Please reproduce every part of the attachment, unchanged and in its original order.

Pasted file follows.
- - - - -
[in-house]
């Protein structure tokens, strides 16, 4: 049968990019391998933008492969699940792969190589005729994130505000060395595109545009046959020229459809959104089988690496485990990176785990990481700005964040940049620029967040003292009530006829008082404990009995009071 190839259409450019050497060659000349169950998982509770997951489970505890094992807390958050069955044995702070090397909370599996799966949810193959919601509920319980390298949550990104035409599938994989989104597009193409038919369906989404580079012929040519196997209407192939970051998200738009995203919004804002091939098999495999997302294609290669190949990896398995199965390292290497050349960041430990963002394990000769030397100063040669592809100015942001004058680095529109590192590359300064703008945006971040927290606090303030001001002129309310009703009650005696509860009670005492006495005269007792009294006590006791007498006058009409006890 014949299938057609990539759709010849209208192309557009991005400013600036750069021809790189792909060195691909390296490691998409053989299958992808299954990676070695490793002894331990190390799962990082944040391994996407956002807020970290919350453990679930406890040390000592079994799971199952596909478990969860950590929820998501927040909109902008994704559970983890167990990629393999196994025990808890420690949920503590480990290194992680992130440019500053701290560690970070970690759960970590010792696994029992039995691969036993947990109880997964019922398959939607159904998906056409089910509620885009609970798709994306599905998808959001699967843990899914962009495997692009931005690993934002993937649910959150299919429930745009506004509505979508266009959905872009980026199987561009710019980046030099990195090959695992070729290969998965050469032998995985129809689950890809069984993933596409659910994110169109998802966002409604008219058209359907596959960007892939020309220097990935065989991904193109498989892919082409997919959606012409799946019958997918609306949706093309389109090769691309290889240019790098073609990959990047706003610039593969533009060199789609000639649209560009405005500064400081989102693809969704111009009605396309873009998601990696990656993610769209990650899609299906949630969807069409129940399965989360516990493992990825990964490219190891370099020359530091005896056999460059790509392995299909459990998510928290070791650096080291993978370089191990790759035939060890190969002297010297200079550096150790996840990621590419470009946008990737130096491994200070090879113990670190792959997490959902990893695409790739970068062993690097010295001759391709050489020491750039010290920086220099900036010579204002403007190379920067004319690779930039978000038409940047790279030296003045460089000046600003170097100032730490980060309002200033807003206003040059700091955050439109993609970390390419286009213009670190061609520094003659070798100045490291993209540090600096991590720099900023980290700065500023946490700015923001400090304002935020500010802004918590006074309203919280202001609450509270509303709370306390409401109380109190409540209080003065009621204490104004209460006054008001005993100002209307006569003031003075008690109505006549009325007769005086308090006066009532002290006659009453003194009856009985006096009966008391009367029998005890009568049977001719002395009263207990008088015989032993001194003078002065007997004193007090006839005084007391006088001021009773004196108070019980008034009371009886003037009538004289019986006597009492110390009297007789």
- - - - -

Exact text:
[in-house]
């Protein structure tokens, strides 16, 4: 049968990019391998933008492969699940792969190589005729994130505000060395595109545009046959020229459809959104089988690496485990990176785990990481700005964040940049620029967040003292009530006829008082404990009995009071 190839259409450019050497060659000349169950998982509770997951489970505890094992807390958050069955044995702070090397909370599996799966949810193959919601509920319980390298949550990104035409599938994989989104597009193409038919369906989404580079012929040519196997209407192939970051998200738009995203919004804002091939098999495999997302294609290669190949990896398995199965390292290497050349960041430990963002394990000769030397100063040669592809100015942001004058680095529109590192590359300064703008945006971040927290606090303030001001002129309310009703009650005696509860009670005492006495005269007792009294006590006791007498006058009409006890 014949299938057609990539759709010849209208192309557009991005400013600036750069021809790189792909060195691909390296490691998409053989299958992808299954990676070695490793002894331990190390799962990082944040391994996407956002807020970290919350453990679930406890040390000592079994799971199952596909478990969860950590929820998501927040909109902008994704559970983890167990990629393999196994025990808890420690949920503590480990290194992680992130440019500053701290560690970070970690759960970590010792696994029992039995691969036993947990109880997964019922398959939607159904998906056409089910509620885009609970798709994306599905998808959001699967843990899914962009495997692009931005690993934002993937649910959150299919429930745009506004509505979508266009959905872009980026199987561009710019980046030099990195090959695992070729290969998965050469032998995985129809689950890809069984993933596409659910994110169109998802966002409604008219058209359907596959960007892939020309220097990935065989991904193109498989892919082409997919959606012409799946019958997918609306949706093309389109090769691309290889240019790098073609990959990047706003610039593969533009060199789609000639649209560009405005500064400081989102693809969704111009009605396309873009998601990696990656993610769209990650899609299906949630969807069409129940399965989360516990493992990825990964490219190891370099020359530091005896056999460059790509392995299909459990998510928290070791650096080291993978370089191990790759035939060890190969002297010297200079550096150790996840990621590419470009946008990737130096491994200070090879113990670190792959997490959902990893695409790739970068062993690097010295001759391709050489020491750039010290920086220099900036010579204002403007190379920067004319690779930039978000038409940047790279030296003045460089000046600003170097100032730490980060309002200033807003206003040059700091955050439109993609970390390419286009213009670190061609520094003659070798100045490291993209540090600096991590720099900023980290700065500023946490700015923001400090304002935020500010802004918590006074309203919280202001609450509270509303709370306390409401109380109190409540209080003065009621204490104004209460006054008001005993100002209307006569003031003075008690109505006549009325007769005086308090006066009532002290006659009453003194009856009985006096009966008391009367029998005890009568049977001719002395009263207990008088015989032993001194003078002065007997004193007090006839005084007391006088001021009773004196108070019980008034009371009886003037009538004289019986006597009492110390009297007789």